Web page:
Excessive Speeding in the ACT
In the ACT, there is no specific offence of excessive speeding. Rather, offences relating to speeding incur harsher penalties the faster the offender’s vehicle was traveling. There are also offences relating to dangerous driving and reckless driving contained in the Road Transport (Safety and Traffic Management) Act 1999. This page outlines the laws surrounding excessive speeding in the ACT, including penalties and defences.
Speeding by more than 45km/h
The offence of speeding by more than 45 km/h in the ACT is punishable by six demerit points, as well as a fine and possible licence disqualification.
Speeding by 15km – 30km/h
The offence of speeding by between 15 and 30 km/h is punishable by four demerit points, as well as a fine and possible licence disqualification.
Speeding by up to 15km/h
The offence of speeding by up to 15 km/h is punishable by three demerit points, as well as a fine and possible licence disqualification.
Penalties for speeding
Under Regulation 20 of the Road Transport (Road Rules) Regulations 2017, a person who is guilty of speeding may be fined up to 20 penalty units.
When a person has their licence disqualified for a period of time, they must not drive until the disqualification period is over. If a person is caught driving whilst disqualified, they will be charged with an offence and may receive a term of imprisonment.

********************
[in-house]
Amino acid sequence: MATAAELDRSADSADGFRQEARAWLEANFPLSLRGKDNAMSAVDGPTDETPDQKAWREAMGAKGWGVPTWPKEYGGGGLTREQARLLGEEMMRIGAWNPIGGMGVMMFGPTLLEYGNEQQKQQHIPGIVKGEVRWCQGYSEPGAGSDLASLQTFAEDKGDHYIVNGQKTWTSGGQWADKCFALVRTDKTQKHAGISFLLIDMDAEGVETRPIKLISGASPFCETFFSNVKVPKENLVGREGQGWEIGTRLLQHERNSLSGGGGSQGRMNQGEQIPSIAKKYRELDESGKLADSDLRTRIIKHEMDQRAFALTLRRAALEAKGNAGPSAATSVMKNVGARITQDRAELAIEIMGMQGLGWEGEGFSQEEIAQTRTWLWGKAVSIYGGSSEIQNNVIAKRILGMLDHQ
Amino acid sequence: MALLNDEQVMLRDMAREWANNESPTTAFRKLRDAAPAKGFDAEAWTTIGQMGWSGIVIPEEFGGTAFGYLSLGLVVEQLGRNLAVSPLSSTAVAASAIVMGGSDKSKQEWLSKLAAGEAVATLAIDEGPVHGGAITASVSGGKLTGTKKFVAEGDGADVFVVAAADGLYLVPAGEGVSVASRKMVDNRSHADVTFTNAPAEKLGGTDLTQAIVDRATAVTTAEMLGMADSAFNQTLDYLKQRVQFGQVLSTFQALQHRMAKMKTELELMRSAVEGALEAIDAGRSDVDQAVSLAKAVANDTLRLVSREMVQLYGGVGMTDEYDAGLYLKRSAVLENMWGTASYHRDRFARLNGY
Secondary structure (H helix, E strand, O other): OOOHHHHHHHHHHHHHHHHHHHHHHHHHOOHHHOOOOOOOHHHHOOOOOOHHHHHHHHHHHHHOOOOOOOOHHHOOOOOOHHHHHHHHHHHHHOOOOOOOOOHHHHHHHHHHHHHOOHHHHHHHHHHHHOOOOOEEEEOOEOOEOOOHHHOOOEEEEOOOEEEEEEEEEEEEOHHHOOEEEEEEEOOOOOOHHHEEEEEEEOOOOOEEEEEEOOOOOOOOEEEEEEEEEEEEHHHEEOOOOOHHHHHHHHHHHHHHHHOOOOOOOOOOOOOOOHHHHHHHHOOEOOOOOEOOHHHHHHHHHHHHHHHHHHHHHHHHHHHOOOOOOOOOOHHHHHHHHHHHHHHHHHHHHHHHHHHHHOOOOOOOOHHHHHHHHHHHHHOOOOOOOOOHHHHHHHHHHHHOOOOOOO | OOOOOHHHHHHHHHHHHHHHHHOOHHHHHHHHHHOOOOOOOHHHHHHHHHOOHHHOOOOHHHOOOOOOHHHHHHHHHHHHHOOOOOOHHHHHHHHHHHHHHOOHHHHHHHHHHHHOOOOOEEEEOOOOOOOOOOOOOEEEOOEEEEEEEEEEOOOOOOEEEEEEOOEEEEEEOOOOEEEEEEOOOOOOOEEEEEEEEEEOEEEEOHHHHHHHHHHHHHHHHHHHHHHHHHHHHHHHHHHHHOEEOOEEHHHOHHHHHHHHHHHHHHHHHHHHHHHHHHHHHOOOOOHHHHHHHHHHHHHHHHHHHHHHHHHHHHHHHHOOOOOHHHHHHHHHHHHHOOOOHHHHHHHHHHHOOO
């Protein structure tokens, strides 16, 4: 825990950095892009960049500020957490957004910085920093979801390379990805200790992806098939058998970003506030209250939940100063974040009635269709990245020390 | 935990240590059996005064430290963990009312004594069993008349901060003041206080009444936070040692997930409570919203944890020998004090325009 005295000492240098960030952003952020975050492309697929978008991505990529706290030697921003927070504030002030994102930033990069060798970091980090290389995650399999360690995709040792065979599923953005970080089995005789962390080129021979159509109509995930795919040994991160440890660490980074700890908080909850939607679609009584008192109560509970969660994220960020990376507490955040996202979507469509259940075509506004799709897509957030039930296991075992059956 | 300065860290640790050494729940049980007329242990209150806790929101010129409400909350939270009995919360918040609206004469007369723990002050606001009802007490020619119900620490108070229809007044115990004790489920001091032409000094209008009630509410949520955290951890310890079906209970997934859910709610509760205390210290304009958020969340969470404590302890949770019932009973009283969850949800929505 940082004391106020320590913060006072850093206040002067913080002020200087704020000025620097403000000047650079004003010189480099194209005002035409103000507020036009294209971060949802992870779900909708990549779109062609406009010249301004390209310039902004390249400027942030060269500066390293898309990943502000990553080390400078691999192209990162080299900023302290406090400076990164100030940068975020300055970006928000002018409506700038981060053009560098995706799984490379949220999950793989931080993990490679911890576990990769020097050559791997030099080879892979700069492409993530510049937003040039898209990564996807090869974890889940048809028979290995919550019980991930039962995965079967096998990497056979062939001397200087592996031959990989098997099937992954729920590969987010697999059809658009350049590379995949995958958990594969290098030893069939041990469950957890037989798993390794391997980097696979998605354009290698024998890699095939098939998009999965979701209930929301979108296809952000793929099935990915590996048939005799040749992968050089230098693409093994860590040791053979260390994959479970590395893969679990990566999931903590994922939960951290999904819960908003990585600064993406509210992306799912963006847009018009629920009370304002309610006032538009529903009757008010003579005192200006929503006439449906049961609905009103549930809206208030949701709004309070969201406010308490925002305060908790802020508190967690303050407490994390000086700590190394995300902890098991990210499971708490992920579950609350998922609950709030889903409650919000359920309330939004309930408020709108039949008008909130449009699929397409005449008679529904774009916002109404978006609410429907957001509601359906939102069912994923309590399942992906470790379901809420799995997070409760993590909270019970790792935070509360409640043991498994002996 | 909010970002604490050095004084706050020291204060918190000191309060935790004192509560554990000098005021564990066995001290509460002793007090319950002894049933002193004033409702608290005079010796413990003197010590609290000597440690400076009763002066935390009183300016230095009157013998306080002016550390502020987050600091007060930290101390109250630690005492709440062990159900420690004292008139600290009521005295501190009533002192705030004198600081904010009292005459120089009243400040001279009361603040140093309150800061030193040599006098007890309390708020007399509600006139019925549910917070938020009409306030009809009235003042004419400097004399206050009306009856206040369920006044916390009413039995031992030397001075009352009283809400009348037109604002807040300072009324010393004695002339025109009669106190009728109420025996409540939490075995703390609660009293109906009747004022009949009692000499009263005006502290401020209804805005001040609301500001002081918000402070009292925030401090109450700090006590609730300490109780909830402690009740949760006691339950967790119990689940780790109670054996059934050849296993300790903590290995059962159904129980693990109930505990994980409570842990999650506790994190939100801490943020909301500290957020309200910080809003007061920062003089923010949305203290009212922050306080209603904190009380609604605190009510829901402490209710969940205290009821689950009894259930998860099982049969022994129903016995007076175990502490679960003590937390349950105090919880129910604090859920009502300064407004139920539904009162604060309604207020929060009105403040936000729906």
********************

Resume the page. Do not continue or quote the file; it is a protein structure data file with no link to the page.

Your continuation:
Fighting a speeding infringement in the ACT
If a person has received a traffic infringement in the ACT, they may lodge a notice to dispute liability within 28 days. The matter will then be referred to the ACT Magistrates Court, where the person can plead not guilty.
A person may be found not guilty of a speeding offence if:
- They were not the driver of the vehicle;
- The vehicle was not travelling at the alleged speed;
- They have a legal defence – for example, they were acting under duress or in response to an emergency.
The defence of duress
A person is not guilty of a criminal offence if they carried out the act under duress. A person acts under duress if they do an act only out of fear that a serious threat that another person is making will be carried out if they do not comply with the other person’s demands.
The defence of emergency
A person is not guilty of a criminal offence if they carried out the act in response to a sudden and extraordinary emergency. The defence of emergency will succeed if the accused reacted to the emergency in a way that an ordinary person with ordinary powers of self-control would have reacted. The accused’s behaviour is to be assessed base don how the situation appeared at the time and not with the benefit of hindsight.
If you require legal advice or representation in any legal matter, please contact Go To Court Lawyers.